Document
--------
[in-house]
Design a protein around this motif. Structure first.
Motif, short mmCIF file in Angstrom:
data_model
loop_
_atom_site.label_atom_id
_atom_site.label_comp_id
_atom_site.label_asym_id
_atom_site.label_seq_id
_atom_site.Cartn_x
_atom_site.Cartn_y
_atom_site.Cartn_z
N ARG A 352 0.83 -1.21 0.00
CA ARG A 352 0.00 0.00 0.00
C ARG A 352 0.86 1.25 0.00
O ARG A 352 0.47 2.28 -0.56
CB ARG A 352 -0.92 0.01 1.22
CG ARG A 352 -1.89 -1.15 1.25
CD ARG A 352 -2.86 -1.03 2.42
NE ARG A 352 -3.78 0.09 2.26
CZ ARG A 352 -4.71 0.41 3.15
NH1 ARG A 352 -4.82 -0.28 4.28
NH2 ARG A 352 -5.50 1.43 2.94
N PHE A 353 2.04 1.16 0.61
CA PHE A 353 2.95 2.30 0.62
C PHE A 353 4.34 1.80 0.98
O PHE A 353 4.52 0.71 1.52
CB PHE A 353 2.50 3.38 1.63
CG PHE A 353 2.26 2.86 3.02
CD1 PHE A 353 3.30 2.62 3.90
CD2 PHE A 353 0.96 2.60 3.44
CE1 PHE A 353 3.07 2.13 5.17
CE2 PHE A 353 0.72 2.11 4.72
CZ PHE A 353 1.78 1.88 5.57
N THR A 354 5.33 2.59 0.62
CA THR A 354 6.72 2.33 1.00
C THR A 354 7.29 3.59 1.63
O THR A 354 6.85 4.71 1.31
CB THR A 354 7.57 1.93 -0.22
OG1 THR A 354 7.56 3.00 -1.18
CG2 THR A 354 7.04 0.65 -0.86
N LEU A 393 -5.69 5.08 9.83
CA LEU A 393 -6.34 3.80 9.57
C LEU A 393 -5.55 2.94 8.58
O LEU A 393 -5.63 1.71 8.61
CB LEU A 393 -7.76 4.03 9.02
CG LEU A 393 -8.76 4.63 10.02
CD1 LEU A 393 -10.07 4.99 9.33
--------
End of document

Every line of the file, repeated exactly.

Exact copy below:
[in-house]
Design a protein around this motif. Structure first.
Motif, short mmCIF file in Angstrom:
data_model
loop_
_atom_site.label_atom_id
_atom_site.label_comp_id
_atom_site.label_asym_id
_atom_site.label_seq_id
_atom_site.Cartn_x
_atom_site.Cartn_y
_atom_site.Cartn_z
N ARG A 352 0.83 -1.21 0.00
CA ARG A 352 0.00 0.00 0.00
C ARG A 352 0.86 1.25 0.00
O ARG A 352 0.47 2.28 -0.56
CB ARG A 352 -0.92 0.01 1.22
CG ARG A 352 -1.89 -1.15 1.25
CD ARG A 352 -2.86 -1.03 2.42
NE ARG A 352 -3.78 0.09 2.26
CZ ARG A 352 -4.71 0.41 3.15
NH1 ARG A 352 -4.82 -0.28 4.28
NH2 ARG A 352 -5.50 1.43 2.94
N PHE A 353 2.04 1.16 0.61
CA PHE A 353 2.95 2.30 0.62
C PHE A 353 4.34 1.80 0.98
O PHE A 353 4.52 0.71 1.52
CB PHE A 353 2.50 3.38 1.63
CG PHE A 353 2.26 2.86 3.02
CD1 PHE A 353 3.30 2.62 3.90
CD2 PHE A 353 0.96 2.60 3.44
CE1 PHE A 353 3.07 2.13 5.17
CE2 PHE A 353 0.72 2.11 4.72
CZ PHE A 353 1.78 1.88 5.57
N THR A 354 5.33 2.59 0.62
CA THR A 354 6.72 2.33 1.00
C THR A 354 7.29 3.59 1.63
O THR A 354 6.85 4.71 1.31
CB THR A 354 7.57 1.93 -0.22
OG1 THR A 354 7.56 3.00 -1.18
CG2 THR A 354 7.04 0.65 -0.86
N LEU A 393 -5.69 5.08 9.83
CA LEU A 393 -6.34 3.80 9.57
C LEU A 393 -5.55 2.94 8.58
O LEU A 393 -5.63 1.71 8.61
CB LEU A 393 -7.76 4.03 9.02
CG LEU A 393 -8.76 4.63 10.02
CD1 LEU A 393 -10.07 4.99 9.33